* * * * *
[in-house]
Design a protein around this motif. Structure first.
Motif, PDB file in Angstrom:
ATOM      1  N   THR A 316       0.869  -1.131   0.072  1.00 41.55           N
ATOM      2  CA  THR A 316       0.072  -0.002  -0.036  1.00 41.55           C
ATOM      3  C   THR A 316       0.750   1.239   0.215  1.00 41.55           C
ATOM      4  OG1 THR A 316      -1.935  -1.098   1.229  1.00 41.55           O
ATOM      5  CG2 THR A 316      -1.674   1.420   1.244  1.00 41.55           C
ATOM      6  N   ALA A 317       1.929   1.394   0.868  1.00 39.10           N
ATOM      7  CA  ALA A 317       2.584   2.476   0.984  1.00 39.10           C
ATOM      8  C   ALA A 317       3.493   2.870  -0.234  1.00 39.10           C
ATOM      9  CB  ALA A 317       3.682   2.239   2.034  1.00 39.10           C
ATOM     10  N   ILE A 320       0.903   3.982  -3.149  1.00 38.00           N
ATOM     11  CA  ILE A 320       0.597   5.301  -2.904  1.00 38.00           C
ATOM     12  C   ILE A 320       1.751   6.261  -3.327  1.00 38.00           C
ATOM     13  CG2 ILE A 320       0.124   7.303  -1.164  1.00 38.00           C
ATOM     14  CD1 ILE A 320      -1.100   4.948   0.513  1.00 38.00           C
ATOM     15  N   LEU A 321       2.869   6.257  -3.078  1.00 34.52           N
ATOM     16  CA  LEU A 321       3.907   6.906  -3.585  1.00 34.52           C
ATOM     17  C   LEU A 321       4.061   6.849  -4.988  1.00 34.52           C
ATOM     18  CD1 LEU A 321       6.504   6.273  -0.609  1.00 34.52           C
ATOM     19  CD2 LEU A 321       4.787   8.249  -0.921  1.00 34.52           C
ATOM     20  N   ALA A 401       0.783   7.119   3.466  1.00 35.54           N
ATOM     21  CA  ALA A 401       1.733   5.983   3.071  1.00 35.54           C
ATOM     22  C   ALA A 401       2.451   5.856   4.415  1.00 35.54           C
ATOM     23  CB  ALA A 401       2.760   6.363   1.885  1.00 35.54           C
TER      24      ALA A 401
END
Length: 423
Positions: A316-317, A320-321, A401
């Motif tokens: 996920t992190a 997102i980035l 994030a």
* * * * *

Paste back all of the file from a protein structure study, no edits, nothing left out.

[in-house]
Design a protein around this motif. Structure first.
Motif, PDB file in Angstrom:
ATOM      1  N   THR A 316       0.869  -1.131   0.072  1.00 41.55           N
ATOM      2  CA  THR A 316       0.072  -0.002  -0.036  1.00 41.55           C
ATOM      3  C   THR A 316       0.750   1.239   0.215  1.00 41.55           C
ATOM      4  OG1 THR A 316      -1.935  -1.098   1.229  1.00 41.55           O
ATOM      5  CG2 THR A 316      -1.674   1.420   1.244  1.00 41.55           C
ATOM      6  N   ALA A 317       1.929   1.394   0.868  1.00 39.10           N
ATOM      7  CA  ALA A 317       2.584   2.476   0.984  1.00 39.10           C
ATOM      8  C   ALA A 317       3.493   2.870  -0.234  1.00 39.10           C
ATOM      9  CB  ALA A 317       3.682   2.239   2.034  1.00 39.10           C
ATOM     10  N   ILE A 320       0.903   3.982  -3.149  1.00 38.00           N
ATOM     11  CA  ILE A 320       0.597   5.301  -2.904  1.00 38.00           C
ATOM     12  C   ILE A 320       1.751   6.261  -3.327  1.00 38.00           C
ATOM     13  CG2 ILE A 320       0.124   7.303  -1.164  1.00 38.00           C
ATOM     14  CD1 ILE A 320      -1.100   4.948   0.513  1.00 38.00           C
ATOM     15  N   LEU A 321       2.869   6.257  -3.078  1.00 34.52           N
ATOM     16  CA  LEU A 321       3.907   6.906  -3.585  1.00 34.52           C
ATOM     17  C   LEU A 321       4.061   6.849  -4.988  1.00 34.52           C
ATOM     18  CD1 LEU A 321       6.504   6.273  -0.609  1.00 34.52           C
ATOM     19  CD2 LEU A 321       4.787   8.249  -0.921  1.00 34.52           C
ATOM     20  N   ALA A 401       0.783   7.119   3.466  1.00 35.54           N
ATOM     21  CA  ALA A 401       1.733   5.983   3.071  1.00 35.54           C
ATOM     22  C   ALA A 401       2.451   5.856   4.415  1.00 35.54           C
ATOM     23  CB  ALA A 401       2.760   6.363   1.885  1.00 35.54           C
TER      24      ALA A 401
END
Length: 423
Positions: A316-317, A320-321, A401
């Motif tokens: 996920t992190a 997102i980035l 994030a």